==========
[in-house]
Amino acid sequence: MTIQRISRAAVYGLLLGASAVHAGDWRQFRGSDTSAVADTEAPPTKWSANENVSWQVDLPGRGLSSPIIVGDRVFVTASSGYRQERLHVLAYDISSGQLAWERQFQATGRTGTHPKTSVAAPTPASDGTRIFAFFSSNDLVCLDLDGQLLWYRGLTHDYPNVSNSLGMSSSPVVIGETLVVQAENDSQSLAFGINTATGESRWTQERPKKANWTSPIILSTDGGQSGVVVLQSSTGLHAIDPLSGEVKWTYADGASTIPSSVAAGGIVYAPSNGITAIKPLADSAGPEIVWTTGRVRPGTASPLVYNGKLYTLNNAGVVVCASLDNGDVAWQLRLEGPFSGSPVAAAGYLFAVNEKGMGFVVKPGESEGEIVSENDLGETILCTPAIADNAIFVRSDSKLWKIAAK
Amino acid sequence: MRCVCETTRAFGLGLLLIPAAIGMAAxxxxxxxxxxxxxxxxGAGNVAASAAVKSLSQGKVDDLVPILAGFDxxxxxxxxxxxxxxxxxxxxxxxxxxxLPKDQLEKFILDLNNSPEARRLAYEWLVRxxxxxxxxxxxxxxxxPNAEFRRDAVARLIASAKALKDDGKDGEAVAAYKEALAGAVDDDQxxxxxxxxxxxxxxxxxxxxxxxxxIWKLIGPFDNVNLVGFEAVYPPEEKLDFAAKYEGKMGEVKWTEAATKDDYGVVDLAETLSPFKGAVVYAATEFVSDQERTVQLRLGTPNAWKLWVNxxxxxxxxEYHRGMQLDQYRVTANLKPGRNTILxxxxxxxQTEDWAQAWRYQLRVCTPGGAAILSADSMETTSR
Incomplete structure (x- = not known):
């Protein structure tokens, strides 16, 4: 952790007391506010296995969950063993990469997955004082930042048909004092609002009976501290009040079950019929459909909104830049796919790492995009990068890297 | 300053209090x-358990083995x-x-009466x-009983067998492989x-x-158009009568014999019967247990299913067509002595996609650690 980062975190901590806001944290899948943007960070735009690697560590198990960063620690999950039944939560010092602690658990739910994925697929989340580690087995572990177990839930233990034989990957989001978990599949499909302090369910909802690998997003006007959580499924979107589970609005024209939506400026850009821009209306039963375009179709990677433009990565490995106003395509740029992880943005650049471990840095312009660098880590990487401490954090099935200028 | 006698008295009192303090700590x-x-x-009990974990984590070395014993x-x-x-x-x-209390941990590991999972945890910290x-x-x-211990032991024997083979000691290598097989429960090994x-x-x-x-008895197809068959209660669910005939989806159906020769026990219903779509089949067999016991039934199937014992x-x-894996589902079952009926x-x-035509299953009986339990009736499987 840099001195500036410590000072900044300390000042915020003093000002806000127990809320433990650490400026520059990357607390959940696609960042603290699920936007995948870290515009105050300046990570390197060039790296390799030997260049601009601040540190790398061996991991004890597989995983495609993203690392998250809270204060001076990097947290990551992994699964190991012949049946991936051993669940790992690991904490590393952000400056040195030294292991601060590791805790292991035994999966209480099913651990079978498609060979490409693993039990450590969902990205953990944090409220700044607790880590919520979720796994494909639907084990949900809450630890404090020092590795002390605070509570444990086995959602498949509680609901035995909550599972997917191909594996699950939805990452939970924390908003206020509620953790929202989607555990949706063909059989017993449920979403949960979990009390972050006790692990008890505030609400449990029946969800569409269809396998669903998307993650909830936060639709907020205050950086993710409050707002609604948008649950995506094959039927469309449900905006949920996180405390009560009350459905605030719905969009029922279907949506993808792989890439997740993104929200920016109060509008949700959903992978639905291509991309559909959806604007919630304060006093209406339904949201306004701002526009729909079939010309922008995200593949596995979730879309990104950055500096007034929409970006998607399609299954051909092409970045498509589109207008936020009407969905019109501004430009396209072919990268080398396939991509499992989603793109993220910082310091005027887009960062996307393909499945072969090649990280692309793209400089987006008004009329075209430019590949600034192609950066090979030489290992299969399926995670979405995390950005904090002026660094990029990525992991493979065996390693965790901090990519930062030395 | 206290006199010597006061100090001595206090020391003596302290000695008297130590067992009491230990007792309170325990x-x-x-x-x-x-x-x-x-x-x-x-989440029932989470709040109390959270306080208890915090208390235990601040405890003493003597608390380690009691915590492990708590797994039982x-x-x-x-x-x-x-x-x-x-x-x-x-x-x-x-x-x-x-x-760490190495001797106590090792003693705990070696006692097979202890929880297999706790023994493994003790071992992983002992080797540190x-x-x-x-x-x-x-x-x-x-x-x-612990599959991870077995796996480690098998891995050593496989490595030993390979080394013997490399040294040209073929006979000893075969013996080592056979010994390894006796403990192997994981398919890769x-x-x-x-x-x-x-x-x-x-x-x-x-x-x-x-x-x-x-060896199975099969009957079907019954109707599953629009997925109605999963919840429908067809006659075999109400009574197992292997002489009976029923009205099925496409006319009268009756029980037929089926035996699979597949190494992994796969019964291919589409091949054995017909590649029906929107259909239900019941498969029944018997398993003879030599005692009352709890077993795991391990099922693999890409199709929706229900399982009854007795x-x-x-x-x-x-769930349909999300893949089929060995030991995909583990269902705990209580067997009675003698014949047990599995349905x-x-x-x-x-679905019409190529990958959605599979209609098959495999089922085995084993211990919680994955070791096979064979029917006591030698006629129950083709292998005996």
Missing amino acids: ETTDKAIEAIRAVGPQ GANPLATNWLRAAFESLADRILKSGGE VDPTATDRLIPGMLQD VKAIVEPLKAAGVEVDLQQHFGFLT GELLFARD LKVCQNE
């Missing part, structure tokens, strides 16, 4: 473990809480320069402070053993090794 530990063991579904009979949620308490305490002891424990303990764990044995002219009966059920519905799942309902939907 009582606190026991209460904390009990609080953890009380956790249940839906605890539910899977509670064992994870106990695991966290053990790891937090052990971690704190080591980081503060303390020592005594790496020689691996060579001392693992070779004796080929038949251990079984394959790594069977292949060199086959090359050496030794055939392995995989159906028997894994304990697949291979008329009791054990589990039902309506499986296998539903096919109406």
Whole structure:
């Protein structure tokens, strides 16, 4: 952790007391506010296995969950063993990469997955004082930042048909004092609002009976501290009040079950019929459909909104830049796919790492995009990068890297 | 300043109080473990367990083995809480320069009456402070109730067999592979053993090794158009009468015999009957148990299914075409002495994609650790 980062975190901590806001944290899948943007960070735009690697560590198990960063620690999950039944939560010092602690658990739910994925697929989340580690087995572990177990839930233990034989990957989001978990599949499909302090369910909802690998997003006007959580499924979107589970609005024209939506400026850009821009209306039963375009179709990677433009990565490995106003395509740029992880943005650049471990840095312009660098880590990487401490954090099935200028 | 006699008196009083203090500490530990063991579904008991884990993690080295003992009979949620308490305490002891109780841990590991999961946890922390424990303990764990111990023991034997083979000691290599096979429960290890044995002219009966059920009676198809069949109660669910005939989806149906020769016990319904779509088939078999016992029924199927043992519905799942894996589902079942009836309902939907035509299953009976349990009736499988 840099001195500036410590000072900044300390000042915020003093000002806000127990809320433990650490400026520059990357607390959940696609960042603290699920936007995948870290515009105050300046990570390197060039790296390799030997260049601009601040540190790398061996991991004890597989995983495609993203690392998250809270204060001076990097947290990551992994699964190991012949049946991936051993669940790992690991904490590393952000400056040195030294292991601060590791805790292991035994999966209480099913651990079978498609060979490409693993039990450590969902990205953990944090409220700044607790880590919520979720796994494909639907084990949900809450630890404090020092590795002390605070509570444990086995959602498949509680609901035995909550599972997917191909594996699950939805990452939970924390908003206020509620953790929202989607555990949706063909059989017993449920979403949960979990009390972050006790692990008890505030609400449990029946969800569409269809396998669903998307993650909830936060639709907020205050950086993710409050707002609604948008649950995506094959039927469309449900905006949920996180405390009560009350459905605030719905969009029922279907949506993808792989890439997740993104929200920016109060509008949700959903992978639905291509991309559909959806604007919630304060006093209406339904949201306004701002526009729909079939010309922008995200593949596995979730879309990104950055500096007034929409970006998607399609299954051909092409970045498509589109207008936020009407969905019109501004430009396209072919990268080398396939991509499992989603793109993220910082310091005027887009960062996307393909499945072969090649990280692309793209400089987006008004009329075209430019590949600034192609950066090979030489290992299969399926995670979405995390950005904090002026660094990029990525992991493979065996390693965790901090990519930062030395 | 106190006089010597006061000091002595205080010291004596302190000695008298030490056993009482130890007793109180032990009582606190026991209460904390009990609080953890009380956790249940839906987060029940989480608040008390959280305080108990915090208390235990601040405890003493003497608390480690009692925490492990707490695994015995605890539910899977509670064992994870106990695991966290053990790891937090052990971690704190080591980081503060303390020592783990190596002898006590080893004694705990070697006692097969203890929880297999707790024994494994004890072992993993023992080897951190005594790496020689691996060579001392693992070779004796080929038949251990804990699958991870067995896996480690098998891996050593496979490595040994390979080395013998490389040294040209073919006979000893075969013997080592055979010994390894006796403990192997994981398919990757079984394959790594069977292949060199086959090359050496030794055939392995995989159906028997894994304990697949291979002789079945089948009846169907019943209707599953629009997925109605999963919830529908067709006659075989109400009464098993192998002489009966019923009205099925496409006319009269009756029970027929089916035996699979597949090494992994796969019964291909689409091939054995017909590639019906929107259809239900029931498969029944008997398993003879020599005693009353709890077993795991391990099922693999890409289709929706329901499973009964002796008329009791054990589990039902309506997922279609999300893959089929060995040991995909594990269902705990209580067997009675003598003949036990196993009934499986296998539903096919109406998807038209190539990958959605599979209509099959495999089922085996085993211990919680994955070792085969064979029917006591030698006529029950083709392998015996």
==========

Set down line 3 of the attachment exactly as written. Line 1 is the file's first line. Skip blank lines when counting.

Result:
Amino acid sequence: MRCVCETTRAFGLGLLLIPAAIGMAAxxxxxxxxxxxxxxxxGAGNVAASAAVKSLSQGKVDDLVPILAGFDxxxxxxxxxxxxxxxxxxxxxxxxxxxLPKDQLEKFILDLNNSPEARRLAYEWLVRxxxxxxxxxxxxxxxxPNAEFRRDAVARLIASAKALKDDGKDGEAVAAYKEALAGAVDDDQxxxxxxxxxxxxxxxxxxxxxxxxxIWKLIGPFDNVNLVGFEAVYPPEEKLDFAAKYEGKMGEVKWTEAATKDDYGVVDLAETLSPFKGAVVYAATEFVSDQERTVQLRLGTPNAWKLWVNxxxxxxxxEYHRGMQLDQYRVTANLKPGRNTILxxxxxxxQTEDWAQAWRYQLRVCTPGGAAILSADSMETTSR